Password Strength

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Password strength is a measure of the effectiveness of a password in resisting guessing and brute-force attacks. In its usual form, it estimates how many trials an attacker who does not have direct access to the password would need, on average, to guess it correctly. The strength of a password is a function of length, complexity, and unpredictability.

Using strong passwords lowers overall risk of a security breach, but strong passwords do not replace the need for other effective security controls. The effectiveness of a password of a given strength is strongly determined by the design and implementation of the authentication system software, particularly how frequently password guesses can be tested by an attacker and how securely information on user passwords is stored and transmitted. Risks are also posed by several means of breaching computer security which are unrelated to password strength. Such means include wiretapping, phishing, keystroke logging, social engineering, dumpster diving, shoulder surfing, side-channel attacks, and software vulnerabilities.

Human-generated passwords

People are notoriously remiss at achieving sufficient entropy to produce satisfactory passwords.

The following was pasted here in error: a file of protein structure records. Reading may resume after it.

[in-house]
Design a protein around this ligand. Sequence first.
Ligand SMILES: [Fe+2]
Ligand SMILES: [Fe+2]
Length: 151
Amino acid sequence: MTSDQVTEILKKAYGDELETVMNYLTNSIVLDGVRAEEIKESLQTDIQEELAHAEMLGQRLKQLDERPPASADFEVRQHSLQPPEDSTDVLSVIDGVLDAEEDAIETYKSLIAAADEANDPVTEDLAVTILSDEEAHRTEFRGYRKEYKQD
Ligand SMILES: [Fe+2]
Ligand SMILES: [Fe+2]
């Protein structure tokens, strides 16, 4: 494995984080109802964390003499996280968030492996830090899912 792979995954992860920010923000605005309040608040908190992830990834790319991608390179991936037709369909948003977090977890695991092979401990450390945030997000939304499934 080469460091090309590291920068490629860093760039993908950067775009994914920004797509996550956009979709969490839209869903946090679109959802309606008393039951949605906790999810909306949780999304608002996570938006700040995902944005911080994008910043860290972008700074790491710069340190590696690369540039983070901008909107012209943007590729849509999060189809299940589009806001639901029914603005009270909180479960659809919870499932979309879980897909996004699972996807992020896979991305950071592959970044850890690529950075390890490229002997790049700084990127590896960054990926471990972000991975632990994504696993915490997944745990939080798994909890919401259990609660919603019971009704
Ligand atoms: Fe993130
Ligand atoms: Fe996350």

Thus, in one analysis of over 3 million eight-character passwords, the letter "e" was used over 1.5 million times, while the letter "f" was used only 250,000 times. A uniform distribution would have had each character being used about 900,000 times. The most common number used is "1", whereas the most common letters are a, e, o, and r.

Users rarely make full use of larger character sets in forming passwords. For example, hacking results obtained from a MySpace phishing scheme in 2006 revealed 34,000 passwords, of which only 8.3% used mixed case, numbers, and symbols.

Note that the full strength associated with using the entire ASCII character set (numerals, mixed case letters and special characters) is only achieved if each character in the password is chosen randomly from that set. Capitalizing a letter and adding one or two numbers and a special character to a password will not achieve the same strength. If the numbers and special character are added in predictable ways, say at the beginning and end of the password, they could even lower password strength compared to an all letter random password of the same length.

Common Guidelines

Guidelines for choosing good passwords are typically designed to make passwords less easily discovered by intelligent guessing. Common guidelines advocated by proponents of software system security include:

  • Use a minimum password length of 12 to 14 characters if permitted.
  • Include lowercase and uppercase alphabetic characters, numbers and symbols if permitted.
  • Generate passwords randomly where feasible.
  • Avoid using the same password twice (e.g., across multiple user accounts and/or software systems).
  • Avoid character repetition, keyboard patterns, dictionary words, letter or number sequences, usernames, relative or pet names, romantic links (current or past) and biographical information (e.g., ID numbers, ancestors' names or dates).
  • Avoid using information that is or might become publicly associated with the user or the account.